Becky and I showed up to the Yoshida's house without any expectations.
First we made "inarizushi"- the little tofu skin pouches filled with sweetened rice. Kumi instructed me to boil 1 cup each of vinegar and sugar along with 20 grams of salt. We let the mixture cool a bit, then I poured it into the big wooden tub where Becky was packing the 10 cups of rice from the rice cooker. After we thoroughly mixed it (by "slicing" the rice with the spatulas, not "mushing" it around), Masami sprinkled some toasted sesame seeds on top of the rice, we carefully peeled apart the little triangle shaped tofu skins, splashed our hands with the sugar vinegar mixture (to keep the rice from sticking to our hands), grabbed a small handful of the slightly sweetened rice, and stuffed them into the golden brown "aburage". Simple. and delicious.
Next up: "maki soba". "Maki" means "roll", so it's the typical type of sushi we normally see (round pieces with seaweed wrapped around the outside, with rice & veggies or whatever on the inside). But,this one was different. It was Kumi's original idea to roll soba noodles instead of rice in the sushi! We laid the "nori" (seaweed) on the bamboo mat (there's supposedly a nice side and a not-so-nice side to the nori, but Becky and I couldn't really tell). Next, we carefully placed the (cooked) soba noodles on it, spread some wasabi (maybe too much?!?) on those, and then put 3 beans across. Then came the fun (but very skilled) part of rolling it. We were so busy video- taping Kumi that when it was our time to "roll" the sushi, we were basically fumbling idiots. She shook her head and patiently helped us until we formed what seemed to look like long black sushi rolls which she later cut into bite sized pieces.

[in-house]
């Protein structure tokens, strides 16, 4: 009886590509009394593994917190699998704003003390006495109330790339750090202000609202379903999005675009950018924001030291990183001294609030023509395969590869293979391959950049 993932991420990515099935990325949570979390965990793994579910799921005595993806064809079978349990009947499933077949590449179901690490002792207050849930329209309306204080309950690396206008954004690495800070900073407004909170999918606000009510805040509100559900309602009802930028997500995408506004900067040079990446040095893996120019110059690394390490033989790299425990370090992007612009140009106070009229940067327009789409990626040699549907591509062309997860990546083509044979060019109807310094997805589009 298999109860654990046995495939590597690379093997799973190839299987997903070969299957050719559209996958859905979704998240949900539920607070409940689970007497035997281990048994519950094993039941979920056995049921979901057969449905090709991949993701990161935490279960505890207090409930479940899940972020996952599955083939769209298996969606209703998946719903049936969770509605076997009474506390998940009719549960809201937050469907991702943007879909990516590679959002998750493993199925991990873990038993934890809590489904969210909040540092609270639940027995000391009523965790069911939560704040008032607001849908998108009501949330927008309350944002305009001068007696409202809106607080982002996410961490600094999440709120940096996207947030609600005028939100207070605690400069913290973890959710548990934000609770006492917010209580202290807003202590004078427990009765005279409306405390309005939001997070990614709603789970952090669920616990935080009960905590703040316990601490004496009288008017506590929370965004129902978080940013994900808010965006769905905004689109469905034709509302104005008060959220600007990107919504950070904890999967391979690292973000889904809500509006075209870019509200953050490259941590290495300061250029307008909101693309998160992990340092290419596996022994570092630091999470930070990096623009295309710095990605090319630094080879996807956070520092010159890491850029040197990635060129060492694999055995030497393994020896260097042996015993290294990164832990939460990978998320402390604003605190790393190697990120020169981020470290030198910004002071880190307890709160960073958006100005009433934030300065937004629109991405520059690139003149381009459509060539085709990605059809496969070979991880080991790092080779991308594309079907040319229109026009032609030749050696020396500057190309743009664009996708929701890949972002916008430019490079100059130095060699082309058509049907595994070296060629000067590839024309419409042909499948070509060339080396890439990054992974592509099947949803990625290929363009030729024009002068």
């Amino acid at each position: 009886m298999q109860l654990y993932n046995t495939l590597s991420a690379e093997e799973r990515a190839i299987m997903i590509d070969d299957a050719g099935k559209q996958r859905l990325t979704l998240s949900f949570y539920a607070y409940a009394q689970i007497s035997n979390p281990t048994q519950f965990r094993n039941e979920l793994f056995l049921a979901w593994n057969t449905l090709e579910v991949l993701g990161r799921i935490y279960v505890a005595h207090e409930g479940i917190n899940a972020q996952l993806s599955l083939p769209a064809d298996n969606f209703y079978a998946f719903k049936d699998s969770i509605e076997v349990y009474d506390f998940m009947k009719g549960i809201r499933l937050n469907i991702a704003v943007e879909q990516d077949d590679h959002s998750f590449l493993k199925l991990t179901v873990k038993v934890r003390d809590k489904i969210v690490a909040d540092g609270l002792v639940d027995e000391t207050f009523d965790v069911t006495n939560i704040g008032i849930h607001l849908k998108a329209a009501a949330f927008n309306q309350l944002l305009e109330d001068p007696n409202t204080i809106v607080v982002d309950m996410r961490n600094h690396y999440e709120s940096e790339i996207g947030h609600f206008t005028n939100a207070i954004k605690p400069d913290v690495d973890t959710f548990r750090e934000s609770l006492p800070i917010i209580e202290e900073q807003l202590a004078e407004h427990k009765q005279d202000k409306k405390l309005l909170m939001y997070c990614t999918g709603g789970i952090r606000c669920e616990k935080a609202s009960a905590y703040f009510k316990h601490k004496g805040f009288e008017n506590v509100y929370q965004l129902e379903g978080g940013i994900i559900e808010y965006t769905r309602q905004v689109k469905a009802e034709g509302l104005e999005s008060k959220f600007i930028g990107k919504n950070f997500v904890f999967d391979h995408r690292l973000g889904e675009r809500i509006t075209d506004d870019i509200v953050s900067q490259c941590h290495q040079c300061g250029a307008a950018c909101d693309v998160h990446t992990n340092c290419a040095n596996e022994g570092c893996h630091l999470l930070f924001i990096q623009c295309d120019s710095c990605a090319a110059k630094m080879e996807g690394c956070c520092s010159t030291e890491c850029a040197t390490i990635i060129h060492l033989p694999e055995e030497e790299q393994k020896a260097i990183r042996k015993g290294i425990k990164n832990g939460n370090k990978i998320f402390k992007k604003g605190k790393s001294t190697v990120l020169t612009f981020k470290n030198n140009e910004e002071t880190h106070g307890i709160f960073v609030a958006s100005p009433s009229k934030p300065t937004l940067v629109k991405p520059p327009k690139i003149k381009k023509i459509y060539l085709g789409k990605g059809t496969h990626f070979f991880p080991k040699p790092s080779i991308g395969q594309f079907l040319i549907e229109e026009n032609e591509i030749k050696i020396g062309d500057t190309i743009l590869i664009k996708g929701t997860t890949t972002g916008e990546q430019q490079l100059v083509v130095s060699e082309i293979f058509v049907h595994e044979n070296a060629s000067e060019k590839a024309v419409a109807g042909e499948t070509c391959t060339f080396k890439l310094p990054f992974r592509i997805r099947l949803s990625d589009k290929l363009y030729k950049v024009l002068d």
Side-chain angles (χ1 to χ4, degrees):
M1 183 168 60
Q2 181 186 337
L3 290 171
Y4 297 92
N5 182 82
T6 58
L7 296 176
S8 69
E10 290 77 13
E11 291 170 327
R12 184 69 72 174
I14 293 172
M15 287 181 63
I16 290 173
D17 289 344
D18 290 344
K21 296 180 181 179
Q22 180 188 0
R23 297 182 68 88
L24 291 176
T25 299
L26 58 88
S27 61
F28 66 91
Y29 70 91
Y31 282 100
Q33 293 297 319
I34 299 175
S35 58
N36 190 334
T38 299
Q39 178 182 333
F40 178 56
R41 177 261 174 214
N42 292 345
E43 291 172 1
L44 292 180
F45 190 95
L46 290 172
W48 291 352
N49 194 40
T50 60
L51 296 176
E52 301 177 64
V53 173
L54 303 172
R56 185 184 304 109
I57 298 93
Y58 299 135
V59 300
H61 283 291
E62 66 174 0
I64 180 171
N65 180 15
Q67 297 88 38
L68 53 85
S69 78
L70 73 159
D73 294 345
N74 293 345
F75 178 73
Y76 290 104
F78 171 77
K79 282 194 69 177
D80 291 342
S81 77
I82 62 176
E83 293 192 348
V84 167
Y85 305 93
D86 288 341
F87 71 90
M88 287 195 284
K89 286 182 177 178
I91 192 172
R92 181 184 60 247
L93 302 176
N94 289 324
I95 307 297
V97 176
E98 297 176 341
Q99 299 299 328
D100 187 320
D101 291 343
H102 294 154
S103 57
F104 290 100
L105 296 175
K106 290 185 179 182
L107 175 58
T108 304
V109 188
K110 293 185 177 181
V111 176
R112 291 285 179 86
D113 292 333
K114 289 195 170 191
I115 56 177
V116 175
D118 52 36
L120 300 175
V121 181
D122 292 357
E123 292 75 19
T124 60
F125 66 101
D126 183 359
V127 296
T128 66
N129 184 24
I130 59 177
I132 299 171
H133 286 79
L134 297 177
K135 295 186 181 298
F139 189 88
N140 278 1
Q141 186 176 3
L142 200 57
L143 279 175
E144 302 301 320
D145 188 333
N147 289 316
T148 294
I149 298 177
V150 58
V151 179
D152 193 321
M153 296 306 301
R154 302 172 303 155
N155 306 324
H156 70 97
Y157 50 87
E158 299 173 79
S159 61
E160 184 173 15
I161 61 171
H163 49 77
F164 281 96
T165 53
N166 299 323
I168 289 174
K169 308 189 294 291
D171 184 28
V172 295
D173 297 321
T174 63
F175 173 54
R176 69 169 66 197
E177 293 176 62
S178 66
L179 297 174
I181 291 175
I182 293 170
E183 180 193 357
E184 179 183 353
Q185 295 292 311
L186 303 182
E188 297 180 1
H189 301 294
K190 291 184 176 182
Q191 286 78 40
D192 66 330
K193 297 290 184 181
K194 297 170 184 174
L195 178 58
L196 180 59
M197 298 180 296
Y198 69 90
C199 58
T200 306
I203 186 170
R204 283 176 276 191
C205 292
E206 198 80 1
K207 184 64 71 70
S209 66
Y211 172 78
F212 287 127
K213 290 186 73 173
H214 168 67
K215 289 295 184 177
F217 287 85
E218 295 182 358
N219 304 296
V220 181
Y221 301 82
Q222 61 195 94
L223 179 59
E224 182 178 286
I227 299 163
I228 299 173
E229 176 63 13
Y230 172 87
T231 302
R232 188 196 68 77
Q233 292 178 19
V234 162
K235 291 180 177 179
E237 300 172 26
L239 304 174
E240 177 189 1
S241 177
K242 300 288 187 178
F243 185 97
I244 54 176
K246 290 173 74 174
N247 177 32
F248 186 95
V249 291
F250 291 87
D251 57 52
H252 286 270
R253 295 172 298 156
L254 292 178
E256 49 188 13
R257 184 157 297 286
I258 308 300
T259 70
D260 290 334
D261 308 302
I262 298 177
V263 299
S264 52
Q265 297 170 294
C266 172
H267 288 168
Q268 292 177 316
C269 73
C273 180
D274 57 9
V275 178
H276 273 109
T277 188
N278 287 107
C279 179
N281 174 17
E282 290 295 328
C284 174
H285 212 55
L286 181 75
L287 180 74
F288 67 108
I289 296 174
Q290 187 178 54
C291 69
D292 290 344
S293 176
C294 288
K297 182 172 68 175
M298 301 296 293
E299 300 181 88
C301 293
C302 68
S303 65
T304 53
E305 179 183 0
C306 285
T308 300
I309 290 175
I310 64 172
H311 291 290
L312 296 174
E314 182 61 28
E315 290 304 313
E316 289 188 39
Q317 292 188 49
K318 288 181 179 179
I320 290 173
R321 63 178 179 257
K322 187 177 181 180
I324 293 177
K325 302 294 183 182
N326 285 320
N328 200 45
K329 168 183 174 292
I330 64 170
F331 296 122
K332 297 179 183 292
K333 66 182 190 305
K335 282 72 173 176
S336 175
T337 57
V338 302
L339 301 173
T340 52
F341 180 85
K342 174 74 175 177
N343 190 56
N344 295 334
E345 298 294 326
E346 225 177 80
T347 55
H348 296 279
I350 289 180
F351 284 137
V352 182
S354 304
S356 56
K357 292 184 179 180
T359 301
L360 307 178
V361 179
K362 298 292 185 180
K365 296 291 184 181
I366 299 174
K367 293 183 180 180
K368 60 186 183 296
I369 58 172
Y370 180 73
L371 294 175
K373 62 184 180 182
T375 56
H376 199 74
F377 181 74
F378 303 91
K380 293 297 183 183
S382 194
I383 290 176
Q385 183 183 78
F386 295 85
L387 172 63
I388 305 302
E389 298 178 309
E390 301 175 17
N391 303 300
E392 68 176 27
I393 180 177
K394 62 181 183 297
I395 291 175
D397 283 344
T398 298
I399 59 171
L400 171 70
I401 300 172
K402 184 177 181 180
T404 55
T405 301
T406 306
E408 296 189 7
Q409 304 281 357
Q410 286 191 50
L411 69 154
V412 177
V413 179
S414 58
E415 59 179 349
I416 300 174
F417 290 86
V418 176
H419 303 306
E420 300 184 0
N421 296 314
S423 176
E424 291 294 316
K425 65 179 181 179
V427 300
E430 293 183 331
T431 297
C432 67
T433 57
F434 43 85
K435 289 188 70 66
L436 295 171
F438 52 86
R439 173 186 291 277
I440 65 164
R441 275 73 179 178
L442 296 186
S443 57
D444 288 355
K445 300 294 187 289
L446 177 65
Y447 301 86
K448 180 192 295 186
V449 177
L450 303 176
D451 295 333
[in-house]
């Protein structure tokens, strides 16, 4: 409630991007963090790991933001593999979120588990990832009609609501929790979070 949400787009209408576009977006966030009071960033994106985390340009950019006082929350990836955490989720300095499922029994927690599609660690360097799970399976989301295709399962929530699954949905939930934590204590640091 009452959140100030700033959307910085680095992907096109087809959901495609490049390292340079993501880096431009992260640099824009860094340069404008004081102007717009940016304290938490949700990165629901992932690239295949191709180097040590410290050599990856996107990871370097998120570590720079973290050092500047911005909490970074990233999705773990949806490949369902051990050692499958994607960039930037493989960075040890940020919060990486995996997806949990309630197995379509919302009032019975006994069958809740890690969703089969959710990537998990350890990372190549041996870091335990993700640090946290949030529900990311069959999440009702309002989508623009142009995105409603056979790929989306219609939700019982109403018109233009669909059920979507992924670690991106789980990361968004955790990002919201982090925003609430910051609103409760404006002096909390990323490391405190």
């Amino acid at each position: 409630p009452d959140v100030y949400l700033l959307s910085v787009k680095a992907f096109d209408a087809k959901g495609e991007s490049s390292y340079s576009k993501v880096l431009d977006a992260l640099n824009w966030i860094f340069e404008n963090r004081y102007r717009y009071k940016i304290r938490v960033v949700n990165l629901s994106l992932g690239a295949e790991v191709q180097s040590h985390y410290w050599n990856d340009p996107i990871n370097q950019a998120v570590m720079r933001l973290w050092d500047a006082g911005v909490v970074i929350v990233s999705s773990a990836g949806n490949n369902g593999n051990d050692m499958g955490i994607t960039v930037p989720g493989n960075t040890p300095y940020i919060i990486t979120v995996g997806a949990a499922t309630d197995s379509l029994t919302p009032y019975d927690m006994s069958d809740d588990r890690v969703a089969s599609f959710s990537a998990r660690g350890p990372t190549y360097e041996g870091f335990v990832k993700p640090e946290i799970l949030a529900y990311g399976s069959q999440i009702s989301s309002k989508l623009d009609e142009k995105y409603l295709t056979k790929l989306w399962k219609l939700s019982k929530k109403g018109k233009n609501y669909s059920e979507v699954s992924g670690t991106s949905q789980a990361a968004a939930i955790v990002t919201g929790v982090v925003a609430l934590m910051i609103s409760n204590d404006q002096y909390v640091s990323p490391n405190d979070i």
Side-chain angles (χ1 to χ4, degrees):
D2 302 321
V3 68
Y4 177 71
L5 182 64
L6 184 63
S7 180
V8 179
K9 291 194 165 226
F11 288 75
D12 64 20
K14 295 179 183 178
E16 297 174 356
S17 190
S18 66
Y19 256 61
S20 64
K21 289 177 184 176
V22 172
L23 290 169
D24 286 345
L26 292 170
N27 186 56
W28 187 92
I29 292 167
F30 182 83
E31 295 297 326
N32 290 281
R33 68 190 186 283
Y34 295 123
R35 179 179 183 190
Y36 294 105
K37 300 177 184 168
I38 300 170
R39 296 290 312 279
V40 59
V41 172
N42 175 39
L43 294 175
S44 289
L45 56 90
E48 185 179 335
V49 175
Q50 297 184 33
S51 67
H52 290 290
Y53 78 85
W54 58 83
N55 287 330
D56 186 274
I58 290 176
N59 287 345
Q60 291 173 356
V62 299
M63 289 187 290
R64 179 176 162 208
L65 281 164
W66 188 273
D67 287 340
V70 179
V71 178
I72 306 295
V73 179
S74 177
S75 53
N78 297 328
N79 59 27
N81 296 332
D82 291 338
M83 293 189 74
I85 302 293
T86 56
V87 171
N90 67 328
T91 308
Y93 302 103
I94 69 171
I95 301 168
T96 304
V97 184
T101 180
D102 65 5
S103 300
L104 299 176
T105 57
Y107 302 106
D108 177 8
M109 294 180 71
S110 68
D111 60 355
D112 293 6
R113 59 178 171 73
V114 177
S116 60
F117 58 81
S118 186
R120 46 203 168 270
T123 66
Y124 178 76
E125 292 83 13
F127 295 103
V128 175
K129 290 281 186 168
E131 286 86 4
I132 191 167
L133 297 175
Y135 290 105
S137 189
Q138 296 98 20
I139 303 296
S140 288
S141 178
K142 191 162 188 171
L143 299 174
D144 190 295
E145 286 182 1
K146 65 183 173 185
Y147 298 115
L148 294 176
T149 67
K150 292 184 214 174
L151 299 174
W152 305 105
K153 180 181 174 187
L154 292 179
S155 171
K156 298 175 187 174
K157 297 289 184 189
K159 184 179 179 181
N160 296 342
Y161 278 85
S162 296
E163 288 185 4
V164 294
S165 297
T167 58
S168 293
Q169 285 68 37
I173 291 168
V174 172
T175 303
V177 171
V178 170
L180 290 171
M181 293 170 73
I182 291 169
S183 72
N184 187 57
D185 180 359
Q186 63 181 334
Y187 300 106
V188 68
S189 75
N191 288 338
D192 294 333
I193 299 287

The next sushi was the typical type of "maki sushi", this time using the rice that we had used for the inari sushi and typical fillings (egg, crab) as well as an interesting mix of Kumi's experiments: sausage, fish paste, spinach...
It was an awesome dinner- they had also invited a woman (Yoko-san) who would later on teach us to put on our yukatas (summer kimono) & obis (the colorful waist tie thingie). We dipped the "makisoba" sushi into the soba sauce and ate fresh beans and spinach from their garden. Dessert was Kumi's yogurt with marshmallows and exceptionally sweet grapefruit from Kyushu.
After dinner, we rushed into one of the tatami rooms where Kumi and Yoko ordered us to strip and get into our new yukatas. It was so much easier than getting into kimonos because we didn't need the multiple layers of undergarments and ties that are required in wearing a kimono. But tying the yukata obi was almost equally as complicated as tying a kimono obi. Since I have 2 yukatas, I had to learn to tie both types of obis, the soft flowing kind and the stiff narrow one. I really hope I can remember!!!